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Wrestling With Pride

Forgiveness starts with yourself.  Can you ever forgive yourself for what you have done?  Or, worse yet, can you ever forgive yourself for what has been done to you?  The answer in both of these cases is a resounding “Yes”.  You have the ability, the possibility and the power to forgive yourself, no matter what the circumstance.  But, understanding this reality and living into this reality are two totally different things.

We are all very good at extending forgiveness to others.  Basically, us humans are a very forgiving lot.  We can accept that forgiveness has been granted to other people, by other people.  Watching from the outside, we see forgiveness extended and we accept that forgiveness has been granted.  We even find that we are able to extend forgiveness in our very own lives, to those who have done us harm.  Yet, when we turn around and gaze at ourselves, in the mirror of life, forgiveness is the last thing that we grant to our reflections.  We struggle to forgive ourselves, even in the shadow of our forgiveness granted to others.  Why is that?

The cold, hard truth to why you are unable to forgive yourself is that you, deep down, believe that you are the master of your life.  Why else would you find it easy to forgive others while, simultaneously, finding it impossible to forgive yourself?  You can forgive others, because you understand that others need forgiveness.  You can forgive others because you understand that others are fractured, faulty and sin-stained.  You understand that others need forgiveness in order to successfully navigate their lives and their relationships.  Yet, you, unlike all the others, are so above it all that you must be the cause of everything negative in your world.  Somewhere, somehow, someway, you messed something up, did something wrong, and you are now suffering the consequences for your mistakes.  Even if someone hurts you in some way, it was obviously your fault because the others aren’t masters of their lives, like you.  Thus, they can’t be held responsible for their own actions.  This perspective is what is preventing you from ever truly forgiving yourself for anything.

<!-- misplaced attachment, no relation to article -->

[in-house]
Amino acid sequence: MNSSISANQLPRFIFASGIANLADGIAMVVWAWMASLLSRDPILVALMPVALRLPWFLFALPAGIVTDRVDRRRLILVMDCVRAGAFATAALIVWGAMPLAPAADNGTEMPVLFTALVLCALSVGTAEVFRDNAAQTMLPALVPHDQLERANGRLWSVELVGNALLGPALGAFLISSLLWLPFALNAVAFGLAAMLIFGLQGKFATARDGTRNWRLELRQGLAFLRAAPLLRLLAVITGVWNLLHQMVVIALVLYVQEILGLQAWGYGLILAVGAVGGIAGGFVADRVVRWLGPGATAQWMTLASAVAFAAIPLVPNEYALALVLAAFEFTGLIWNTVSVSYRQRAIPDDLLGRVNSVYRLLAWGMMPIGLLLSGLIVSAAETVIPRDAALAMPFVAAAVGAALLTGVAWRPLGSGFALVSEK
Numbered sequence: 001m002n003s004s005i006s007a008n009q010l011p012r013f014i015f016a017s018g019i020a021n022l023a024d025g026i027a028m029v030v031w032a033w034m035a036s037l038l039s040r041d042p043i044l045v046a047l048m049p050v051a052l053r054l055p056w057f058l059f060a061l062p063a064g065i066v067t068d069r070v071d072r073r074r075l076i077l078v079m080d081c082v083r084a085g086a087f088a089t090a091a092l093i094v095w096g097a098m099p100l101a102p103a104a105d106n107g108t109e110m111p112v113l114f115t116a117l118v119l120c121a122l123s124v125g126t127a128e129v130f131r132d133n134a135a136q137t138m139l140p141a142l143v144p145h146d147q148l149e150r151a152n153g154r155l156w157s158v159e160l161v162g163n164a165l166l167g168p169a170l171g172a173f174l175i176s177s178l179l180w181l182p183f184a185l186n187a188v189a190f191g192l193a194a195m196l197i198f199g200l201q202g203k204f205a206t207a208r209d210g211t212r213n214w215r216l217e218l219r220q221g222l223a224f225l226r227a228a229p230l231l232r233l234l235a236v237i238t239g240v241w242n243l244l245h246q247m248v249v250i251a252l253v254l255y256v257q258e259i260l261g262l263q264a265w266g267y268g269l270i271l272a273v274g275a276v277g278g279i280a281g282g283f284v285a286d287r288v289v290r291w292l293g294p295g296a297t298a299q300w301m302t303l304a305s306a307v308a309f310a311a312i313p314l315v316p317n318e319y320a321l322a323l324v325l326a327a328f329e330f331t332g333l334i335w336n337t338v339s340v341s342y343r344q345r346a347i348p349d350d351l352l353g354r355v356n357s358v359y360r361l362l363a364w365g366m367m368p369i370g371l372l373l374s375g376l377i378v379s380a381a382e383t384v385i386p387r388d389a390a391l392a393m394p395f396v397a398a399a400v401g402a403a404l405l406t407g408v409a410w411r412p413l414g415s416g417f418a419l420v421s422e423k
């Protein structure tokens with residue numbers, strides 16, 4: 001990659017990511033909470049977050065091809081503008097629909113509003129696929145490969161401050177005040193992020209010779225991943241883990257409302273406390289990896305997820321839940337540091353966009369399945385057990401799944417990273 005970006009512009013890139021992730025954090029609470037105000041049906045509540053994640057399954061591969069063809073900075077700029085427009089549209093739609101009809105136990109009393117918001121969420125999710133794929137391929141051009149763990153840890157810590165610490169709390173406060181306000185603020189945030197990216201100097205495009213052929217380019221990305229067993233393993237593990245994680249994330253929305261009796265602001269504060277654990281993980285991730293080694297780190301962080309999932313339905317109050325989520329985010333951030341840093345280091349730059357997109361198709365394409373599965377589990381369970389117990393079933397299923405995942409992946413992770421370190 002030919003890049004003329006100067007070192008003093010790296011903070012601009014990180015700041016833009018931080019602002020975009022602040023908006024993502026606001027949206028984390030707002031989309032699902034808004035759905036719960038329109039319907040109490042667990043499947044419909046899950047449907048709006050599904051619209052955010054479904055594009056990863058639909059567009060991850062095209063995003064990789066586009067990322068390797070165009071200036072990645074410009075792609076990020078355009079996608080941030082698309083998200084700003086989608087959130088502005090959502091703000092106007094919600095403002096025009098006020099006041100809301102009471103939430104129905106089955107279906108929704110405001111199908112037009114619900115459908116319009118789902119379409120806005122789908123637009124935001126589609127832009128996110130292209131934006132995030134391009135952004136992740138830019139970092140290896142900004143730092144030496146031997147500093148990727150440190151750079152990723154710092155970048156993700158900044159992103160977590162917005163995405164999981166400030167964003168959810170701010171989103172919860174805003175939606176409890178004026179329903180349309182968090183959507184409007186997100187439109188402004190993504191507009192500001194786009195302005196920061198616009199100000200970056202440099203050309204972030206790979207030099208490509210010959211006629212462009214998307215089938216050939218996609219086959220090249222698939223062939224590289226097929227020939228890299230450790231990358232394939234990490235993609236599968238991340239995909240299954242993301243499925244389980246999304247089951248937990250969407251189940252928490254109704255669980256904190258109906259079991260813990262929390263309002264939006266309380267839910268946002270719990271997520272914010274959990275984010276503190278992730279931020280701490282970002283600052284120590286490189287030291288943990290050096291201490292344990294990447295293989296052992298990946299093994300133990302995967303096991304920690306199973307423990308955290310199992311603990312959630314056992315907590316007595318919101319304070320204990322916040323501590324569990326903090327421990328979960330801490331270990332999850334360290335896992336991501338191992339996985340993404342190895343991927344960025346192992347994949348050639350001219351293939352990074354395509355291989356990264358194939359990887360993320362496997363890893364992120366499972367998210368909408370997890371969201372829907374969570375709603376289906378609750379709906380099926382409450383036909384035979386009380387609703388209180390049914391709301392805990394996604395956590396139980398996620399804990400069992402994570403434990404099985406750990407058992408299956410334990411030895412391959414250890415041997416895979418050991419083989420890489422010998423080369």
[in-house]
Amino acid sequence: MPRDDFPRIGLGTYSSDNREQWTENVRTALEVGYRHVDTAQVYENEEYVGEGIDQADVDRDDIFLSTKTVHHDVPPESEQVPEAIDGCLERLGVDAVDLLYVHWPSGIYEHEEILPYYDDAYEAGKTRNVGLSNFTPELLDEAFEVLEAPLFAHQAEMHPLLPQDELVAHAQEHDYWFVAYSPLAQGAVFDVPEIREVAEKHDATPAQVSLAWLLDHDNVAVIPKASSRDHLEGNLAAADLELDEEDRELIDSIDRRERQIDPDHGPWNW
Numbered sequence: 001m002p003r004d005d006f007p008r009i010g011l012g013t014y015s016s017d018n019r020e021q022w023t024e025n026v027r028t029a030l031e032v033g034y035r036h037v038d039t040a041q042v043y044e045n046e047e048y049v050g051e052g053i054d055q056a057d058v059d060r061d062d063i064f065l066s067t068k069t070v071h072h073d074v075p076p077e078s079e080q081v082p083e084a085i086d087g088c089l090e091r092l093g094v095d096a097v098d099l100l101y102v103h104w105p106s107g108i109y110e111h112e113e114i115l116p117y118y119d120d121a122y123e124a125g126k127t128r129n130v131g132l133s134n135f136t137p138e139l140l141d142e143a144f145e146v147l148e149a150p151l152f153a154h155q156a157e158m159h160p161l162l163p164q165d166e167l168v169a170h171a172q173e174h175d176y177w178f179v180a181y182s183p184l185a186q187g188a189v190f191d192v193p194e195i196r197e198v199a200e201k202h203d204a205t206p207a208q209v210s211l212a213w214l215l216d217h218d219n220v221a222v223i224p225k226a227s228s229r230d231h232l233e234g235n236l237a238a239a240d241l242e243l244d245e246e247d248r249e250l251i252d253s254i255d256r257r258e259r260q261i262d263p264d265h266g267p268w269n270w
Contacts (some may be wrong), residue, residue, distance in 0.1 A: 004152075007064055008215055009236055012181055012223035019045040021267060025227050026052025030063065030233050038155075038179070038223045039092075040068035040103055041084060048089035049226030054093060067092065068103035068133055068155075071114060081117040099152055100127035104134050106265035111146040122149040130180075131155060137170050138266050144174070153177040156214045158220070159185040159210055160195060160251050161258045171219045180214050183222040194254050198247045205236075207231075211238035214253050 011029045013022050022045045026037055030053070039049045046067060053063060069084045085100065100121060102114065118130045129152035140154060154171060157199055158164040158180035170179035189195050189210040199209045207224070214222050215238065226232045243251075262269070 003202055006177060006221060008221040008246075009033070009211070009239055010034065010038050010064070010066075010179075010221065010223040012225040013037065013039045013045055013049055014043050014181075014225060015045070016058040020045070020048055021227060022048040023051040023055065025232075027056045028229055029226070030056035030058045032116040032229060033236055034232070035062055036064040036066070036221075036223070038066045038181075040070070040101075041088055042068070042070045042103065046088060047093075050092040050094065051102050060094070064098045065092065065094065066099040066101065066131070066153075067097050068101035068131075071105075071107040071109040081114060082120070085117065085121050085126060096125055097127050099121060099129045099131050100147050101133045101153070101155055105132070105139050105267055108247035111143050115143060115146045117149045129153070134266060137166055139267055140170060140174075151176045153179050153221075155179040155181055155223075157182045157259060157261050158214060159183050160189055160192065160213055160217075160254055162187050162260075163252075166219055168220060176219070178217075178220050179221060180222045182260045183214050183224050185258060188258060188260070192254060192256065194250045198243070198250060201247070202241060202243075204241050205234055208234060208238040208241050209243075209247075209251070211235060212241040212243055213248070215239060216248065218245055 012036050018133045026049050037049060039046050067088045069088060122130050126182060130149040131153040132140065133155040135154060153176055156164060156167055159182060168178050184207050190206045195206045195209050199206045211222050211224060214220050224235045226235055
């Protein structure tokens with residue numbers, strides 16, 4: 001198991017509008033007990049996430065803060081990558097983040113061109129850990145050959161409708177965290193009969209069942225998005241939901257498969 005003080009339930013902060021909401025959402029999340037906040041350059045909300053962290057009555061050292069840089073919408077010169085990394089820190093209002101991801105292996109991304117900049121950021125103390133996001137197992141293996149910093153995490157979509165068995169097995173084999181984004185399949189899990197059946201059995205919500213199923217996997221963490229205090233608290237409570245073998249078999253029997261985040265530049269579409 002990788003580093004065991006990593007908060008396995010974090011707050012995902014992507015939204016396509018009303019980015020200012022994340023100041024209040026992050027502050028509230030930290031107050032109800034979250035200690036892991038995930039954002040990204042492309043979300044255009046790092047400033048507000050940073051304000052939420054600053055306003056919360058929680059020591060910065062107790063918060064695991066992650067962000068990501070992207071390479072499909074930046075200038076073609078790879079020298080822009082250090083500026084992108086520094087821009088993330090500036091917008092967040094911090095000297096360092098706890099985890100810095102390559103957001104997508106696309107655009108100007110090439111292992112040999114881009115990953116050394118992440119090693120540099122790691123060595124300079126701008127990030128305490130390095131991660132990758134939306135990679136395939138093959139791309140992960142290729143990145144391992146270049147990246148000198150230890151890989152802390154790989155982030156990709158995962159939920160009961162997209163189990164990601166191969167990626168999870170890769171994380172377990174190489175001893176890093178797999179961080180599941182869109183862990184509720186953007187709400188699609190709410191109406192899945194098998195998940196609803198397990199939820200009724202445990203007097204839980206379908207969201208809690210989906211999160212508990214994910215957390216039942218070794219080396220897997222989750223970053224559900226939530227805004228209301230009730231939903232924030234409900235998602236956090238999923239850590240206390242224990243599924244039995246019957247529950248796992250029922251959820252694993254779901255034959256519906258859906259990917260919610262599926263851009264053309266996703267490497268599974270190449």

Now before you get all mad and begin to write me a strongly worded response, keep reading.  You are not alone in feeling this way.  Us humans all feel this way.  The trick is not to cover it up and definitely not to wallow in it; but to overcome it through understanding who is truly the master of your life.  You can’t forgive yourself because you are struggling with the sin of pride.  Deep down you believe that you are more than everyone else.  You have more accountability and more responsibility, because you are the master of your life.  Thus, when anything happens in your life, negatively or positively, you must have caused it to happen.

Now, don’t get me wrong, you don’t walk around announcing to everyone that you are the master of your life.  You play it very close to the vest.  After all, you don’t want to offend anyone.  There is nothing worse than someone who overtly looks down on people who are beneath them.  Yet, your ability to forgive others combined with your inability to forgive yourself, reveals what you truly believe.  There is no reason for you not to forgive yourself, unless you believed that you didn’t deserve forgiveness.  The only reason that you would believe that you don’t deserve forgiveness is if you believe that you are the master of everything in your life.  No master of everything deserves to be forgiven for anything.  Whatever has happened, it is your fault.

So, it isn’t forgiveness or the lack thereof with which you need to handle.  It is with pride that you need to wrestle. Once you subdue your pride, your belief that you are the master of your life, forgiving yourself will fall into place.  So, how does one subdue the sin of pride?  First, accept the true master of your life.  Commit your life to the care and control of Jesus.  Second, acknowledge that your sin of pride will not go quietly into this good night.  Yet, when it does rear its ugly head again, seek God’s guidance and study the Bible to see how Jesus lived his life.  Over time, as you remind yourself again and again, that you aren’t the master of your life, forgiving yourself will get easier and easier.